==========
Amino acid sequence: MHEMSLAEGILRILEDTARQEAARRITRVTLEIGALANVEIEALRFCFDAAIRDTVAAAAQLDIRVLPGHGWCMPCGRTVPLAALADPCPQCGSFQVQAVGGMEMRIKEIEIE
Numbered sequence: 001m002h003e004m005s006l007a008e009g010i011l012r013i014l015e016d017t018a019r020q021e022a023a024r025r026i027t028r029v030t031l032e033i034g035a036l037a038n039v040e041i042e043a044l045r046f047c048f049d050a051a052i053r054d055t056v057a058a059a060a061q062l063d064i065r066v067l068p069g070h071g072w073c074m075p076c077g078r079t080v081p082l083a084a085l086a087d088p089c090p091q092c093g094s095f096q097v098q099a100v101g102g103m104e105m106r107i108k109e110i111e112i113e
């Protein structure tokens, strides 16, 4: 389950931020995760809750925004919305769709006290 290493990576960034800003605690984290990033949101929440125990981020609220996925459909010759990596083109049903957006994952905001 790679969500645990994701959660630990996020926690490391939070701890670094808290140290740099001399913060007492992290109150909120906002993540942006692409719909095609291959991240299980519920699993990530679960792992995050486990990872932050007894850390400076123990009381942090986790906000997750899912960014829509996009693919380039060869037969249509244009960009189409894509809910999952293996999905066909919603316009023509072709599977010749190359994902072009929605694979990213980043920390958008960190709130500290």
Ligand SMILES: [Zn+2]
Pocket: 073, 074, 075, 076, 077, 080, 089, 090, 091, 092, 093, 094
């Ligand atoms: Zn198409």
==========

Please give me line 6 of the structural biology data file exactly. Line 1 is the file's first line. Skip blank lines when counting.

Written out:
């Ligand atoms: Zn198409």